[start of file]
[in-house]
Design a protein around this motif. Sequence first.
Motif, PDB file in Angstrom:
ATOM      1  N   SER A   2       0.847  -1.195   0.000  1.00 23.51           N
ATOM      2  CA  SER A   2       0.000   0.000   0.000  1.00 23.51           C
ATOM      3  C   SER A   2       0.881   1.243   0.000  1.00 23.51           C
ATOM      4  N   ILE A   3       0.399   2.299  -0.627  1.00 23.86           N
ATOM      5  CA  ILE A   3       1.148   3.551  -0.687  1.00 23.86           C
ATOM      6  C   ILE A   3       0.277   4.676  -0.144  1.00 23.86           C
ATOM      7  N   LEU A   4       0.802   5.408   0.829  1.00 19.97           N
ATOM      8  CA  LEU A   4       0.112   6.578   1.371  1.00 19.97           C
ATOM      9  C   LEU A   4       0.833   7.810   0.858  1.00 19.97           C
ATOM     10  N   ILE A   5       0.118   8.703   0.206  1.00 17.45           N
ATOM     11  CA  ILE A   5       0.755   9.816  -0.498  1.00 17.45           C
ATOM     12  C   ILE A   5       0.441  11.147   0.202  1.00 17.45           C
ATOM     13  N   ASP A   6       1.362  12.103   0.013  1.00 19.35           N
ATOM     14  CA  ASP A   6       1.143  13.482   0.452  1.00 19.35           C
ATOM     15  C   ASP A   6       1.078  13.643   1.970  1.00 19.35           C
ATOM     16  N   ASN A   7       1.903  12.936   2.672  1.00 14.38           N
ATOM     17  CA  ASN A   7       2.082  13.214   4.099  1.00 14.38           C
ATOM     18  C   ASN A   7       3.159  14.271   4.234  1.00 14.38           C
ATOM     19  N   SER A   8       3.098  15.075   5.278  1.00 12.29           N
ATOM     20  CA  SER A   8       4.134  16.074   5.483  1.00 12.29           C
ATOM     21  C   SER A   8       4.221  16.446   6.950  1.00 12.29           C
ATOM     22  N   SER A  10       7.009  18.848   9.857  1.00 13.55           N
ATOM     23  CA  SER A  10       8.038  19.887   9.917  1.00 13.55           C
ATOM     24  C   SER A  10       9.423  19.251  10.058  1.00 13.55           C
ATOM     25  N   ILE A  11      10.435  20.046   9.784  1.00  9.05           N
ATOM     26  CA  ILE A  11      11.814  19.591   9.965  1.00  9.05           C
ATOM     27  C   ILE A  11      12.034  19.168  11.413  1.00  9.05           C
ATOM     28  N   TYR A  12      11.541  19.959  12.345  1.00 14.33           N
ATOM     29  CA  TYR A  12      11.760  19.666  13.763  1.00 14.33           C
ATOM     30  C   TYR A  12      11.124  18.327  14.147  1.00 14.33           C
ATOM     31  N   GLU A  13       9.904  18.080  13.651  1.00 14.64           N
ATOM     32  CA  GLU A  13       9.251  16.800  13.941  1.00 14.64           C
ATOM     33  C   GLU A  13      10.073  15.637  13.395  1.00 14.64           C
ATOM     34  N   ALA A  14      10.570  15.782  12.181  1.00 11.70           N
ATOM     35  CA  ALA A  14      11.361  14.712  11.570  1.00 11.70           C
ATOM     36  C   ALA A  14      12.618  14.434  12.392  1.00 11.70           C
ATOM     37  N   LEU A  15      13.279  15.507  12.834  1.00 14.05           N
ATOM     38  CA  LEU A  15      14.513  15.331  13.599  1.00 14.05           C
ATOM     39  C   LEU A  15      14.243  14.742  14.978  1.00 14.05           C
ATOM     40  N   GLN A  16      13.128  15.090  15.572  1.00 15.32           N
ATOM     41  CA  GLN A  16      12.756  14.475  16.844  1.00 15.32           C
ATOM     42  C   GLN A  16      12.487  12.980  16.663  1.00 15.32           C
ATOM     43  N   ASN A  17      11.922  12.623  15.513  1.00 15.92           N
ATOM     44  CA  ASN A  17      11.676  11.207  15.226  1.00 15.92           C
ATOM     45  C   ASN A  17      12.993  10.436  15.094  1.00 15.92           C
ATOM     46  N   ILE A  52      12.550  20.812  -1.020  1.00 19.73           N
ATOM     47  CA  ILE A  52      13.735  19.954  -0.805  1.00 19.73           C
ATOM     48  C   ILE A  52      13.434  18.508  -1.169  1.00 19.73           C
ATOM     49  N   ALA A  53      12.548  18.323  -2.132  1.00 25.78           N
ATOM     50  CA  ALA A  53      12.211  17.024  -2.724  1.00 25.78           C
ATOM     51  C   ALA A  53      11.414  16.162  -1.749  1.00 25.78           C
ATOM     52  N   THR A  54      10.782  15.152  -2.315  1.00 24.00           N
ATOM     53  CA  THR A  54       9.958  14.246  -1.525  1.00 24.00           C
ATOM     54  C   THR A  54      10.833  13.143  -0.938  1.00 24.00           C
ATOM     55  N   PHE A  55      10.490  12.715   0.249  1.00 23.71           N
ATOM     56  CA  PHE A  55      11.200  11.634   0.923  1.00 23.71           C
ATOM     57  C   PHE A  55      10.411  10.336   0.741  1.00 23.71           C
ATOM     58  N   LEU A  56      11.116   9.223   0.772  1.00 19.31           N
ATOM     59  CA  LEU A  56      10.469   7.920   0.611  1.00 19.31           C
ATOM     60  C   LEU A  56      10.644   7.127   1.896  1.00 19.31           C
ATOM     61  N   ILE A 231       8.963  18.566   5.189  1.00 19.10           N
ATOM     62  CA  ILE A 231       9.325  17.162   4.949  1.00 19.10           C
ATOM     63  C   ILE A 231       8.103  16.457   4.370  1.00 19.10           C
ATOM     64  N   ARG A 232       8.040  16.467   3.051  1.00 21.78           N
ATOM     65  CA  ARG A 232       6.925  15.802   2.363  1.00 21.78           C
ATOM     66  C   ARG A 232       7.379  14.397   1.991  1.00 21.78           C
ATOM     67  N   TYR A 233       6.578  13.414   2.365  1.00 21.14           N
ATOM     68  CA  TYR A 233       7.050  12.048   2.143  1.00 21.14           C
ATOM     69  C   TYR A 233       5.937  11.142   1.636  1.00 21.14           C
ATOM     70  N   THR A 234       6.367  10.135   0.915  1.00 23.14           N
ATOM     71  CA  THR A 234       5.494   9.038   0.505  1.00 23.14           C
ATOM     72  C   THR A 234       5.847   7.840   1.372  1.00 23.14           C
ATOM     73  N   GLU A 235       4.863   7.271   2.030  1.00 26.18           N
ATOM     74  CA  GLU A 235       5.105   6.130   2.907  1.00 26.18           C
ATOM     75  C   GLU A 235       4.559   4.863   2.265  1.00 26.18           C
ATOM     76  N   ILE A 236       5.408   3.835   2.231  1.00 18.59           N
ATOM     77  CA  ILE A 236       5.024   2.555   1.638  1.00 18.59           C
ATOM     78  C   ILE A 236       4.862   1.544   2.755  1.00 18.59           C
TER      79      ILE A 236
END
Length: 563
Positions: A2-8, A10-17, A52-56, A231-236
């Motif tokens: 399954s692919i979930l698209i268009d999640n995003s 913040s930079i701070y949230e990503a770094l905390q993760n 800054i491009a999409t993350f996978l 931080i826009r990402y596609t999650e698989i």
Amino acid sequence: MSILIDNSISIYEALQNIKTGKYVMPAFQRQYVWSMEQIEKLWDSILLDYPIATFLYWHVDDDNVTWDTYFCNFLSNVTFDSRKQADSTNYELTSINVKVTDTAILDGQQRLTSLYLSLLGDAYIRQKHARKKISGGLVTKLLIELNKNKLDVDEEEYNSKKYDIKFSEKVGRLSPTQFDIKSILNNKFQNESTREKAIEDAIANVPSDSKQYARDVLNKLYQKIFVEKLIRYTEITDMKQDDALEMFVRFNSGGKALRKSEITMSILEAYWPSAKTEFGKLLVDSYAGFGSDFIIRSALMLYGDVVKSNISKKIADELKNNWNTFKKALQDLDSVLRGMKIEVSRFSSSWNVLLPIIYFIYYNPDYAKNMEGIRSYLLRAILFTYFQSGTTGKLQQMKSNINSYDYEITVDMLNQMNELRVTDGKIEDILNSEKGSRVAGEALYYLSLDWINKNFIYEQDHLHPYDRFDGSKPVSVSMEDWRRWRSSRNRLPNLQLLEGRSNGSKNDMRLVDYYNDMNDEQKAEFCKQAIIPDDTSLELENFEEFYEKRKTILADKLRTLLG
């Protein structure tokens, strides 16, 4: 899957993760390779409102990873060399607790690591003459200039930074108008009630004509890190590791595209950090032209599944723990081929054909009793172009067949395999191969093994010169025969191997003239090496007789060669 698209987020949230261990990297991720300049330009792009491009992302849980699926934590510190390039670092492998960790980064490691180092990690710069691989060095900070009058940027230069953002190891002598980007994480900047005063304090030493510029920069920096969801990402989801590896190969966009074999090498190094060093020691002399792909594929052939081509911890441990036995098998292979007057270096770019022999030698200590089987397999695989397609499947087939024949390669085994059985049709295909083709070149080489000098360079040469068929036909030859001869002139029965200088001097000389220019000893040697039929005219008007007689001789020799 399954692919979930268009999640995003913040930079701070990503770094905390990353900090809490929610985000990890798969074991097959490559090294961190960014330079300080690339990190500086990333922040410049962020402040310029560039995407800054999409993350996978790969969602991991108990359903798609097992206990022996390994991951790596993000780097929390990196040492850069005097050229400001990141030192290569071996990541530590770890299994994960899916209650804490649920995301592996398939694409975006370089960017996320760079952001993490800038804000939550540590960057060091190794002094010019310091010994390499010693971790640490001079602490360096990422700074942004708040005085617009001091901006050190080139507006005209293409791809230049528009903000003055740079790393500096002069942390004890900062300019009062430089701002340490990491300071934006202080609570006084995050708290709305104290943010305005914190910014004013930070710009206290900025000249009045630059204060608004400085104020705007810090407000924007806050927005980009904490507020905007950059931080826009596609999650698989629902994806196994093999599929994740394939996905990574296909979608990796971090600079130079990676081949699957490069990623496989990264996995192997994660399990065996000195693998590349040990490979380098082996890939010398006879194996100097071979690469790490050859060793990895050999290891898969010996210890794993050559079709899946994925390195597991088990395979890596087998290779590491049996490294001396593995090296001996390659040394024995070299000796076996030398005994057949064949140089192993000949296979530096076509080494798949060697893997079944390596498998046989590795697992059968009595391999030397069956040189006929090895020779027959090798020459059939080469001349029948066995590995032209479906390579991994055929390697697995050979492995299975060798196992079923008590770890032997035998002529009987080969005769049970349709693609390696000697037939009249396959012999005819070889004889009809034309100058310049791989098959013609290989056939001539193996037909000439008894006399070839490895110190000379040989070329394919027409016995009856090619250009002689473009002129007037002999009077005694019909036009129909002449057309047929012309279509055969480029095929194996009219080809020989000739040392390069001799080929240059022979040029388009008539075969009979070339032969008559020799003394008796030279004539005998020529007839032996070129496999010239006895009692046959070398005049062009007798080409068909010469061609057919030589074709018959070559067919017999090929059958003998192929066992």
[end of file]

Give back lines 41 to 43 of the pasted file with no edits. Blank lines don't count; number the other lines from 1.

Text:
ATOM     38  CA  LEU A  15      14.513  15.331  13.599  1.00 14.05           C
ATOM     39  C   LEU A  15      14.243  14.742  14.978  1.00 14.05           C
ATOM     40  N   GLN A  16      13.128  15.090  15.572  1.00 15.32           N